Sunday, December 26, 2004

POEM: Mystery of Ice

The funny thing
About ice
Is how
Without studying
Or thermo-dynamic physics
It stands with arms crossed
across its chest,
And how it defiantly
Makes geography;

How it can take river water
Gathered like sugar along
The banks,
Firmly direct
water which is not convinced
it even needs to become ice

When warmer air
Skids over its slick skin,
How it squiggles
Like a garden hose,
two children making a mess

defining a geography
of youth
that is the mud of spring.

Dec 2004

Saturday, December 25, 2004


The music in the car on the way to the hospital was interesting. First, Bob Marley’s “Three Little Birds”: “don’t worry/about a thing/cuz every little thing/ gonna be alright”.
That was followed by Warren Zevon’s “Poor Poor Pitiful Me”. I have to admit I was feeling it, if just a little.
But when we got to the O.R. prep room, they piped in music and Simon and Garfunkel’s “Bridge Over Troubled Water” wafted through the quasi private beds in the prep room. This was my Dad’s favorite song. I was only a week away from the 30th anniversary of his death.

There are no coincidences. I was not alone and I really wasn’t nervous, just anxious to get it done with, get it over.

In the prep room the nurse asked me questions and had me get into a paper flimsy Johnny. “Can I leave the skivvies on?” wincing at the word “skivvies” – no one calls underwear skivvies these days. Bonehead.

“Nice try!” the nurse responds, and I go commando tightening the Johnny around as tight as I could for some sort of privacy.

Steve and Chris came I after that and kept me company. It was great having them there, especially Steve. I know how much he hates hospitals but I also know how much it meant to Chris to have him there. Soon after that, Chris’ sister, Judy arrived and yes, we were now officially a “scene”. Can you imagine if my out of state family had driven up as they warned they might? I’d have been blacklisted from the hospital for sure.

Across from me was a frail looking elderly woman, with blue-white hair. Her bony body was covered up beneath the blanket but I could see how the Johnny hung off her making her arms look like the clapper of a bell, flailing with all the space and the large roominess the Johnny provides. I think about the things we are taught as kids about modesty and propriety, and how this all disappears in a hospital. The old woman is chatting nervously but causally with an older middle aged man, presumably her son. I could almost see her trying to sell me chances to the next St. Anthony’s festival for her local church parish. She wore an oversized blue cap which clashed with her wrinkled alabaster skin.

Next to her was a larger man who was being prepped for open heart surgery. He was extraordinarily hairy and since they were cracking his chest, they had to shave him. They pulled the privacy curtain around him and began. The droning continued for what had to be 15 minutes. Steve looked over to me and muffled a laugh. I knew what he was thinking. After a while, after we had all grown immune to the bee-like hum of the surgical razor, I heard the man being shaved exclaim in a dark, mocha baritone, “I think we’re starting a small brush fire here!”

The whole O.R. prep room broke up with laughter. Steve almost lost it and I laughed out loud. My nurse also shook her head with a grin that scooped across her face. At least there would be laughter going into this.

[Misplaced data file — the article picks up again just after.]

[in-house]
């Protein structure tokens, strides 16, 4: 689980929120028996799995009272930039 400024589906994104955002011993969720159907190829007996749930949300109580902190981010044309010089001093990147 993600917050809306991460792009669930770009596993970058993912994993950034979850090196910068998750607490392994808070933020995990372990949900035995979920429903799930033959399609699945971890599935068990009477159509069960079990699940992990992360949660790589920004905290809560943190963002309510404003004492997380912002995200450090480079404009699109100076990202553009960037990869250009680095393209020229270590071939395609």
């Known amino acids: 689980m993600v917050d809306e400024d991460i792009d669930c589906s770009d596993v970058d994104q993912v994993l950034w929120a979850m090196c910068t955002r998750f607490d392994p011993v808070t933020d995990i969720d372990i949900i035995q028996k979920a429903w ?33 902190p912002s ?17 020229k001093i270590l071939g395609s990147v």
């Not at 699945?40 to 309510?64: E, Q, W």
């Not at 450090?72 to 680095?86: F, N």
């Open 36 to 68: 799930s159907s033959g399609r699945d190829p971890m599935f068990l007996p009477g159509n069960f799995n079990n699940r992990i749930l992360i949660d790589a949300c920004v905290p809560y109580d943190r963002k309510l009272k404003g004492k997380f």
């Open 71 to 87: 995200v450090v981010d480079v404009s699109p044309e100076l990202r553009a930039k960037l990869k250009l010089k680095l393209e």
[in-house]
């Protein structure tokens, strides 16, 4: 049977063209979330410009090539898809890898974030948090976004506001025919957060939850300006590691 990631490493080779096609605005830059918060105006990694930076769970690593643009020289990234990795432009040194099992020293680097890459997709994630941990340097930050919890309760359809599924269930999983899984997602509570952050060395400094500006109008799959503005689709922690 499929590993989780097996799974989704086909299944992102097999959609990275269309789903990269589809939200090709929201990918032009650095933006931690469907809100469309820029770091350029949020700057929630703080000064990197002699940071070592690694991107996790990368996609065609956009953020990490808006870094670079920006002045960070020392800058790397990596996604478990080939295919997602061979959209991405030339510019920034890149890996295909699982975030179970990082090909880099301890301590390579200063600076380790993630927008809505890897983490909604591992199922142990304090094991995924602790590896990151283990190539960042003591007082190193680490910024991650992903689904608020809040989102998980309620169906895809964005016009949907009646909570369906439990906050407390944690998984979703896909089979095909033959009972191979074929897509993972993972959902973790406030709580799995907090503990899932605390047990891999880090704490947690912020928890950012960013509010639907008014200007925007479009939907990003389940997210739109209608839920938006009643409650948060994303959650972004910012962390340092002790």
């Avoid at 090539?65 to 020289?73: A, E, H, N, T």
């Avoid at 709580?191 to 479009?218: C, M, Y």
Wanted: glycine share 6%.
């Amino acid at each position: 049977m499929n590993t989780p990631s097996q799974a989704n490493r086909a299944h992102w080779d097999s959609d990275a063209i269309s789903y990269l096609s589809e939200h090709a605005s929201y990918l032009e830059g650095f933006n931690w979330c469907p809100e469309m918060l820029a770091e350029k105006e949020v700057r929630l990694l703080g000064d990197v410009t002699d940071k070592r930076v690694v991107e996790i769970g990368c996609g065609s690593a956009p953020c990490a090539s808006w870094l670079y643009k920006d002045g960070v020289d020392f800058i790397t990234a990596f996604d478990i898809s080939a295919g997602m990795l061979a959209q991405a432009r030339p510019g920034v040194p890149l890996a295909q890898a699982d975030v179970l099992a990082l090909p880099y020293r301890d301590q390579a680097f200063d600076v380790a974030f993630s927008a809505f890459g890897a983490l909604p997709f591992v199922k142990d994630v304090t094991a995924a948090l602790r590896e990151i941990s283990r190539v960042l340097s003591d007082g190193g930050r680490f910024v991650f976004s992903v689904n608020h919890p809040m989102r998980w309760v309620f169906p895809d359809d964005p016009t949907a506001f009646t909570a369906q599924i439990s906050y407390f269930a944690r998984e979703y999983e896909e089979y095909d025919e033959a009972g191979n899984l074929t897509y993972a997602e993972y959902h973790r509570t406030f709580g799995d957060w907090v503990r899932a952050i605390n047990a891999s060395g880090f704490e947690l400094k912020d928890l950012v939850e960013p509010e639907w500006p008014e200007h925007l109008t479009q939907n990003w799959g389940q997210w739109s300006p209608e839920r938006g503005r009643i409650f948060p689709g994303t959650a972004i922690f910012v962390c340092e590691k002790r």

It occurred to me then how the lot that was assembled in this room were the beneficiaries of today’s magic. These men and women – doctors and nurses – were going to be lopping off organs, cracking open ribs, dipping their hands into the deepest innermost regions of human beings. I wondered if any of my soul would be lost, allowed to escape into the ether as I lay there inside out to the airborne world. I thought about how years ago, these same men and women would be tried for witchcraft, and magic and all sorts of savagery.

Gathered in this room was the pinnacle of human medical need and medical technology and know how.

Flying was once an interface of the unknown: it took a special sort of courage to fly across the continent. We now board flights hourly across the world with little more concern than whether or not our luggage will reach our planned destination. Likewise, these surgeons require a different sort of courage, but again, so much has been made mundane: it is the routine that belies the “hardness” of it. Maybe, I think, it is just another form of ritual that glides our way in the modern world.

Soon the anesthesiologist stops by: he is a square man with a round shiny head, and seems incapable of wearing a smile. His job was to administer the epidural which took him two attempts after lots of pricking and having my shoulders and upper body held back by a smaller more pleasing appearing black man named Josh.

I didn’t mind the square smile-less doctor missing the mark, thought I have to say, he reached new levels of pain with each prick of the needles. I did mind that the guy never cracked a smile. Maybe he was new. Maybe he was nervous. I’d heard most anesthesiologists were hoots! Comes from the fact that maybe they’d partaken of some of the nitrous they seemed to be able to get their licensed hands on.

No, a sense of humor makes us better at what we do, I believe and even if it doesn’t? it helps us fake it until we make it much smoother.

It was smart, however, to get the epidural in correctly right from the start. This was my instinct, as I figured this was going to control the pain – along with every other bodily function below my waist for the next few days – it had to be right.